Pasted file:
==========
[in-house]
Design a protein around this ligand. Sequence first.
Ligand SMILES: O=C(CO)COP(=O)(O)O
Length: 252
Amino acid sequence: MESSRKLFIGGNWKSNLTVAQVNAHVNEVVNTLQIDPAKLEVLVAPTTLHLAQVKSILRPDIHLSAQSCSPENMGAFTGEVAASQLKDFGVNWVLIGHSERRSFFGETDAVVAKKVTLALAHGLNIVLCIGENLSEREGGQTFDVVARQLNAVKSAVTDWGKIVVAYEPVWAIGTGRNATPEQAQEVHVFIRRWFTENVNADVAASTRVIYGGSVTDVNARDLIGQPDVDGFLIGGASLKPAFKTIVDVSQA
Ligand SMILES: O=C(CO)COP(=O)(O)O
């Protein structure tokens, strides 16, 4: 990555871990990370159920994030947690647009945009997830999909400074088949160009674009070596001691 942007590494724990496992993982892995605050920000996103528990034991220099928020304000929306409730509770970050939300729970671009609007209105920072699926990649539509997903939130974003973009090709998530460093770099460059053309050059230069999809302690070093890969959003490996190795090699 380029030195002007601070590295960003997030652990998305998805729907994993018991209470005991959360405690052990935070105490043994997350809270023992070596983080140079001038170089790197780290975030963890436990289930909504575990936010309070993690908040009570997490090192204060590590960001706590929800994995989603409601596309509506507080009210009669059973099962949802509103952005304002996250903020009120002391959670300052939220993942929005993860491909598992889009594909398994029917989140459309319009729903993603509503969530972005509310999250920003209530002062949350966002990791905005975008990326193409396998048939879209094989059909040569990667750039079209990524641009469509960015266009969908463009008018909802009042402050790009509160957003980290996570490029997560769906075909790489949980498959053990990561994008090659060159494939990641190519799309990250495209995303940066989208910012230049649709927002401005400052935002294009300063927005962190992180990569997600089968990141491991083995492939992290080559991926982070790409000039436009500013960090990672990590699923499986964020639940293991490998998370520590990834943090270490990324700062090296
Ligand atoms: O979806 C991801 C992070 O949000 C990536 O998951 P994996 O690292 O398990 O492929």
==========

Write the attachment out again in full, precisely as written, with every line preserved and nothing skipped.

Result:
[in-house]
Design a protein around this ligand. Sequence first.
Ligand SMILES: O=C(CO)COP(=O)(O)O
Length: 252
Amino acid sequence: MESSRKLFIGGNWKSNLTVAQVNAHVNEVVNTLQIDPAKLEVLVAPTTLHLAQVKSILRPDIHLSAQSCSPENMGAFTGEVAASQLKDFGVNWVLIGHSERRSFFGETDAVVAKKVTLALAHGLNIVLCIGENLSEREGGQTFDVVARQLNAVKSAVTDWGKIVVAYEPVWAIGTGRNATPEQAQEVHVFIRRWFTENVNADVAASTRVIYGGSVTDVNARDLIGQPDVDGFLIGGASLKPAFKTIVDVSQA
Ligand SMILES: O=C(CO)COP(=O)(O)O
């Protein structure tokens, strides 16, 4: 990555871990990370159920994030947690647009945009997830999909400074088949160009674009070596001691 942007590494724990496992993982892995605050920000996103528990034991220099928020304000929306409730509770970050939300729970671009609007209105920072699926990649539509997903939130974003973009090709998530460093770099460059053309050059230069999809302690070093890969959003490996190795090699 380029030195002007601070590295960003997030652990998305998805729907994993018991209470005991959360405690052990935070105490043994997350809270023992070596983080140079001038170089790197780290975030963890436990289930909504575990936010309070993690908040009570997490090192204060590590960001706590929800994995989603409601596309509506507080009210009669059973099962949802509103952005304002996250903020009120002391959670300052939220993942929005993860491909598992889009594909398994029917989140459309319009729903993603509503969530972005509310999250920003209530002062949350966002990791905005975008990326193409396998048939879209094989059909040569990667750039079209990524641009469509960015266009969908463009008018909802009042402050790009509160957003980290996570490029997560769906075909790489949980498959053990990561994008090659060159494939990641190519799309990250495209995303940066989208910012230049649709927002401005400052935002294009300063927005962190992180990569997600089968990141491991083995492939992290080559991926982070790409000039436009500013960090990672990590699923499986964020639940293991490998998370520590990834943090270490990324700062090296
Ligand atoms: O979806 C991801 C992070 O949000 C990536 O998951 P994996 O690292 O398990 O492929």